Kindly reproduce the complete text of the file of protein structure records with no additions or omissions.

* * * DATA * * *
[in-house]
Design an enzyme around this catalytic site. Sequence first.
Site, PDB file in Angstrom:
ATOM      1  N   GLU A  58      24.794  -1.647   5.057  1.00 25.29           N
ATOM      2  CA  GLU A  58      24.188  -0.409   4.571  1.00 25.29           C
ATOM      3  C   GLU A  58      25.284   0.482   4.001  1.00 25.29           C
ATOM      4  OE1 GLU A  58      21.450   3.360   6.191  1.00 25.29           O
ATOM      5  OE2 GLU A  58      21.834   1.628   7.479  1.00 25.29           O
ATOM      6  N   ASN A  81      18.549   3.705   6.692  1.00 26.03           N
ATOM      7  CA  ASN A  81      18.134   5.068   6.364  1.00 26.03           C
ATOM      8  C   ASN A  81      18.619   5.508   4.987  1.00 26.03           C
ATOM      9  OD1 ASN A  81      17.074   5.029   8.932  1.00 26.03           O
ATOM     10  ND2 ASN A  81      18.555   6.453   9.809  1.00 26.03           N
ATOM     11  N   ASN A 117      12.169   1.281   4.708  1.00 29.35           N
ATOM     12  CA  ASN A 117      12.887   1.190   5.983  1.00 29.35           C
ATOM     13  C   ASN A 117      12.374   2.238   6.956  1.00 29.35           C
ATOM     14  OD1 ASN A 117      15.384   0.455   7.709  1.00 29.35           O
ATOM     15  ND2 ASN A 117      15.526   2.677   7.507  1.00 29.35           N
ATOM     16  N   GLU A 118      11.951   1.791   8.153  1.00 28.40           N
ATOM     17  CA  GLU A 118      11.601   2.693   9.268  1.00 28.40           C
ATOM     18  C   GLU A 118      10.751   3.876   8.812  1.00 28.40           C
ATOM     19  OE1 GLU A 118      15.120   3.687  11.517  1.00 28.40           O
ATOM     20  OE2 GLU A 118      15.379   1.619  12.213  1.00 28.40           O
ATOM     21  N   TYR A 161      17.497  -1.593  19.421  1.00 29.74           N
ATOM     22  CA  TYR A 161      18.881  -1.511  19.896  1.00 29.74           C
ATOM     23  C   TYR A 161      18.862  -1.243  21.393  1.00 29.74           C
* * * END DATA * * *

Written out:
[in-house]
Design an enzyme around this catalytic site. Sequence first.
Site, PDB file in Angstrom:
ATOM      1  N   GLU A  58      24.794  -1.647   5.057  1.00 25.29           N
ATOM      2  CA  GLU A  58      24.188  -0.409   4.571  1.00 25.29           C
ATOM      3  C   GLU A  58      25.284   0.482   4.001  1.00 25.29           C
ATOM      4  OE1 GLU A  58      21.450   3.360   6.191  1.00 25.29           O
ATOM      5  OE2 GLU A  58      21.834   1.628   7.479  1.00 25.29           O
ATOM      6  N   ASN A  81      18.549   3.705   6.692  1.00 26.03           N
ATOM      7  CA  ASN A  81      18.134   5.068   6.364  1.00 26.03           C
ATOM      8  C   ASN A  81      18.619   5.508   4.987  1.00 26.03           C
ATOM      9  OD1 ASN A  81      17.074   5.029   8.932  1.00 26.03           O
ATOM     10  ND2 ASN A  81      18.555   6.453   9.809  1.00 26.03           N
ATOM     11  N   ASN A 117      12.169   1.281   4.708  1.00 29.35           N
ATOM     12  CA  ASN A 117      12.887   1.190   5.983  1.00 29.35           C
ATOM     13  C   ASN A 117      12.374   2.238   6.956  1.00 29.35           C
ATOM     14  OD1 ASN A 117      15.384   0.455   7.709  1.00 29.35           O
ATOM     15  ND2 ASN A 117      15.526   2.677   7.507  1.00 29.35           N
ATOM     16  N   GLU A 118      11.951   1.791   8.153  1.00 28.40           N
ATOM     17  CA  GLU A 118      11.601   2.693   9.268  1.00 28.40           C
ATOM     18  C   GLU A 118      10.751   3.876   8.812  1.00 28.40           C
ATOM     19  OE1 GLU A 118      15.120   3.687  11.517  1.00 28.40           O
ATOM     20  OE2 GLU A 118      15.379   1.619  12.213  1.00 28.40           O
ATOM     21  N   TYR A 161      17.497  -1.593  19.421  1.00 29.74           N
ATOM     22  CA  TYR A 161      18.881  -1.511  19.896  1.00 29.74           C
ATOM     23  C   TYR A 161      18.862  -1.243  21.393  1.00 29.74           C